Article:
• Since passage of the CARES Act on March 27, The Roundtable has recommended elimination of the “75/25 Rule” as an inappropriate “one-size-fits-all” restriction that unduly limits businesses in meeting their rent obligations and paying for other ordinary operating expenses.  (RER’s “8-Point Plan to Reform the PPP”) 
  • Treasury Secretary Steven Mnuchin yesterday endorsed congressional efforts regarding extension of the PPP loan forgiveness period.  “One of the things we’re working with Congress on, and there is bipartisan support, is lengthening the eight-week period.  [T]hat’s something we definitely want to fix,” he said. (Advancing America’s Economy forum, May 21)
  • At The Hill’s Advancing America’s Economy forum, Mnuchin also stated he did not support reforming the “75/25 Rule.” “We want most of this money to go to workers and that we believe the 75 percent was exactly consistent with the way the program was designed,” he said.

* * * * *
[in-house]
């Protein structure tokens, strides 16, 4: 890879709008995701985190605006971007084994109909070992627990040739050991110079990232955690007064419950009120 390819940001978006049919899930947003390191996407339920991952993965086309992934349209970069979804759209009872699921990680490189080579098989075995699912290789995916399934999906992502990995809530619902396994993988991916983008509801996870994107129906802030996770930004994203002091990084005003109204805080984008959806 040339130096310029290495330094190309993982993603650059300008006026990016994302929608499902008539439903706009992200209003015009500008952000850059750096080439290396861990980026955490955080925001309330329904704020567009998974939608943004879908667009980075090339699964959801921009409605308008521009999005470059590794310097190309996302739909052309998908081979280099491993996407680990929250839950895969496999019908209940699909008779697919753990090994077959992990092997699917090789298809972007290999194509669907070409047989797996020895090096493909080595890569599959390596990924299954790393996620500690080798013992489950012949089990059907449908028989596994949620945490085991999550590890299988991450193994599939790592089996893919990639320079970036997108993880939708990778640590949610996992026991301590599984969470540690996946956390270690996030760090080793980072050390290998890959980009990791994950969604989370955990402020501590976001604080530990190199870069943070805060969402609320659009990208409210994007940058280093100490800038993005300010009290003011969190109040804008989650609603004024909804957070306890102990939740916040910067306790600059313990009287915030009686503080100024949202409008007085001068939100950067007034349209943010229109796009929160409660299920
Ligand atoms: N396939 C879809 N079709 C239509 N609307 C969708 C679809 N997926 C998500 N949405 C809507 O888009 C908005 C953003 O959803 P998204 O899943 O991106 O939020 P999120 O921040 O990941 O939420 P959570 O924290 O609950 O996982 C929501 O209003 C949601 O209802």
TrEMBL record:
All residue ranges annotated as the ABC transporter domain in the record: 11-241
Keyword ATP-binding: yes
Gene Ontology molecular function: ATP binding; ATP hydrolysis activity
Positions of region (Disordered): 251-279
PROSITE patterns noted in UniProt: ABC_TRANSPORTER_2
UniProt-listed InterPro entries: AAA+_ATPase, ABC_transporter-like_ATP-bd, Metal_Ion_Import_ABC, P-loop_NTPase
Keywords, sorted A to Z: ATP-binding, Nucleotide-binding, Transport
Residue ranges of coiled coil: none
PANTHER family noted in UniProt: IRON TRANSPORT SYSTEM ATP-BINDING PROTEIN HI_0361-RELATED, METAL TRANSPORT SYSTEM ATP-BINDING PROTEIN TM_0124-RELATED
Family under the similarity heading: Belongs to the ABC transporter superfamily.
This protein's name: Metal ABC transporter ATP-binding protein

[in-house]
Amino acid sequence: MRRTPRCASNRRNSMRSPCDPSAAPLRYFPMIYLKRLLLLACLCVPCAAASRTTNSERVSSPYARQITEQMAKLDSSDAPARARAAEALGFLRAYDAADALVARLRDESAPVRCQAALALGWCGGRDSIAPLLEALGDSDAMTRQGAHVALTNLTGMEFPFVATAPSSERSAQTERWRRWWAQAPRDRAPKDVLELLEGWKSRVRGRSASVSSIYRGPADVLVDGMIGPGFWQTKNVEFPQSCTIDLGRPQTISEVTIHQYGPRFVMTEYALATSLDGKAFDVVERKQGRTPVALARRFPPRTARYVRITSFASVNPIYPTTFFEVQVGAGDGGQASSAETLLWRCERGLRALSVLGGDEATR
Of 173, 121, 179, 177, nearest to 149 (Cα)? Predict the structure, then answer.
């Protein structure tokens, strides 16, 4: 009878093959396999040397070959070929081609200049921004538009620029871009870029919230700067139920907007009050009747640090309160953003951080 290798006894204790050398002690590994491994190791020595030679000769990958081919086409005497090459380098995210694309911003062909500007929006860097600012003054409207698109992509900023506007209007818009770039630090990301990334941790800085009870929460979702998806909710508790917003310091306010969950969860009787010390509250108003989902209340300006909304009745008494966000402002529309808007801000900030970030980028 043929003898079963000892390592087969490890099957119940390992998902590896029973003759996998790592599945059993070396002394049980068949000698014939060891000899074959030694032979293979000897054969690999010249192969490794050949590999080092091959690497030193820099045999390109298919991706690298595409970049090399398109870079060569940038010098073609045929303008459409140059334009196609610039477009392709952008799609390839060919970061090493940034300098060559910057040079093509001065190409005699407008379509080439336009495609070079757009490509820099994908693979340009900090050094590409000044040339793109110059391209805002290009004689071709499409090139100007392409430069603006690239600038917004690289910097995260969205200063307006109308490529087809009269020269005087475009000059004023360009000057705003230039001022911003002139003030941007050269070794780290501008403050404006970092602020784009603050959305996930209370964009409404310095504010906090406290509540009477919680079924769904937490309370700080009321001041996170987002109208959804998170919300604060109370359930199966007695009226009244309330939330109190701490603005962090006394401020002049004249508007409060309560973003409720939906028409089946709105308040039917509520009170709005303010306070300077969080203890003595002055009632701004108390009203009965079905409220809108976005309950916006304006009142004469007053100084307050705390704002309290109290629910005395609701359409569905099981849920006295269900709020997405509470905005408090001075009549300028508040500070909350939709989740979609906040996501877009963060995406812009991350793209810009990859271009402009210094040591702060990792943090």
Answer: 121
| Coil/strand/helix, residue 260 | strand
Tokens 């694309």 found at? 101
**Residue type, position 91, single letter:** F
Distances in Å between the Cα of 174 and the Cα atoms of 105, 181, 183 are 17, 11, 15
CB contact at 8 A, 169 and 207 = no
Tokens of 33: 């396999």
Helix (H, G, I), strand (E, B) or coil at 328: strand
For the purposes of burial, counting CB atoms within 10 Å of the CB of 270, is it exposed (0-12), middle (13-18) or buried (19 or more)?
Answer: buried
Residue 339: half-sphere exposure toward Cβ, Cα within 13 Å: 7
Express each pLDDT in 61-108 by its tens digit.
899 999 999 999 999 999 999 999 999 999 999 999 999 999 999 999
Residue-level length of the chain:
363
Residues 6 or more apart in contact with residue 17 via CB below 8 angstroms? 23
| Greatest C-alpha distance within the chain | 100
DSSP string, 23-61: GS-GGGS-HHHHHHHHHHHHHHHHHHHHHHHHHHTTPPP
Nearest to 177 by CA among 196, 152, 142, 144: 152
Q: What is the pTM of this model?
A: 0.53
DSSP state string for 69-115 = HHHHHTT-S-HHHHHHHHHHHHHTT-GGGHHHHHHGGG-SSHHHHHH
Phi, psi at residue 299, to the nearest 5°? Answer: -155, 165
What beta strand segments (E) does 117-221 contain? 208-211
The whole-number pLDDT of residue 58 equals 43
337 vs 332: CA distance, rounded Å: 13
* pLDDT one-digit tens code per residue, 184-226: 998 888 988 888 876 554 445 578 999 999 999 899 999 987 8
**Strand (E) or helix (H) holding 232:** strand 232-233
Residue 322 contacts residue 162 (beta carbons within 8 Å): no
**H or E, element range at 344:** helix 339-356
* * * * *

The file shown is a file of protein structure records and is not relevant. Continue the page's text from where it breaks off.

• A recent “tracker tool” released by the American Action Forum charts the allocation of PPP loans since the program’s inception in the CARES Act.   

The Paycheck Protection Program will be discussed at The Roundtable’s Remote Annual Business and Committee Meetings from June 11-12. 

#  #  #